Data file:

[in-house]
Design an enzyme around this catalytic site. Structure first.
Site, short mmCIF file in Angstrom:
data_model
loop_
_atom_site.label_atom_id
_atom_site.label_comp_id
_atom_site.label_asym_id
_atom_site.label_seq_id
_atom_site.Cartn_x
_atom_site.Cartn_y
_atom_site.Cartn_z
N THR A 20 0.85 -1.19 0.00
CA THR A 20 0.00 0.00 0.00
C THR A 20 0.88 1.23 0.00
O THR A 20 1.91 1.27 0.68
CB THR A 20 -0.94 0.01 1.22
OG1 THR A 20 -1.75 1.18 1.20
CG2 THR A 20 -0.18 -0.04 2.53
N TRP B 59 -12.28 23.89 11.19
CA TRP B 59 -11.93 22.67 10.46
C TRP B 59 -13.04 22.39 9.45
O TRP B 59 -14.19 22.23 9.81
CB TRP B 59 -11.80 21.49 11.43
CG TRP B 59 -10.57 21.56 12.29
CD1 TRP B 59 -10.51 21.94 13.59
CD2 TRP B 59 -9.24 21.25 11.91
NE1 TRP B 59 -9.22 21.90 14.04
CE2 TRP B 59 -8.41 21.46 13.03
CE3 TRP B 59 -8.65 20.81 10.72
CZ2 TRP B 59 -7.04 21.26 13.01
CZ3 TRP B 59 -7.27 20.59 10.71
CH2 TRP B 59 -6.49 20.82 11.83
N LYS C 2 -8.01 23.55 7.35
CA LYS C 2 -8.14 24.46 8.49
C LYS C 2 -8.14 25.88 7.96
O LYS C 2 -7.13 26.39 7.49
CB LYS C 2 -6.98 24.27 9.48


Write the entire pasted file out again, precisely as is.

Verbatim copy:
[in-house]
Design an enzyme around this catalytic site. Structure first.
Site, short mmCIF file in Angstrom:
data_model
loop_
_atom_site.label_atom_id
_atom_site.label_comp_id
_atom_site.label_asym_id
_atom_site.label_seq_id
_atom_site.Cartn_x
_atom_site.Cartn_y
_atom_site.Cartn_z
N THR A 20 0.85 -1.19 0.00
CA THR A 20 0.00 0.00 0.00
C THR A 20 0.88 1.23 0.00
O THR A 20 1.91 1.27 0.68
CB THR A 20 -0.94 0.01 1.22
OG1 THR A 20 -1.75 1.18 1.20
CG2 THR A 20 -0.18 -0.04 2.53
N TRP B 59 -12.28 23.89 11.19
CA TRP B 59 -11.93 22.67 10.46
C TRP B 59 -13.04 22.39 9.45
O TRP B 59 -14.19 22.23 9.81
CB TRP B 59 -11.80 21.49 11.43
CG TRP B 59 -10.57 21.56 12.29
CD1 TRP B 59 -10.51 21.94 13.59
CD2 TRP B 59 -9.24 21.25 11.91
NE1 TRP B 59 -9.22 21.90 14.04
CE2 TRP B 59 -8.41 21.46 13.03
CE3 TRP B 59 -8.65 20.81 10.72
CZ2 TRP B 59 -7.04 21.26 13.01
CZ3 TRP B 59 -7.27 20.59 10.71
CH2 TRP B 59 -6.49 20.82 11.83
N LYS C 2 -8.01 23.55 7.35
CA LYS C 2 -8.14 24.46 8.49
C LYS C 2 -8.14 25.88 7.96
O LYS C 2 -7.13 26.39 7.49
CB LYS C 2 -6.98 24.27 9.48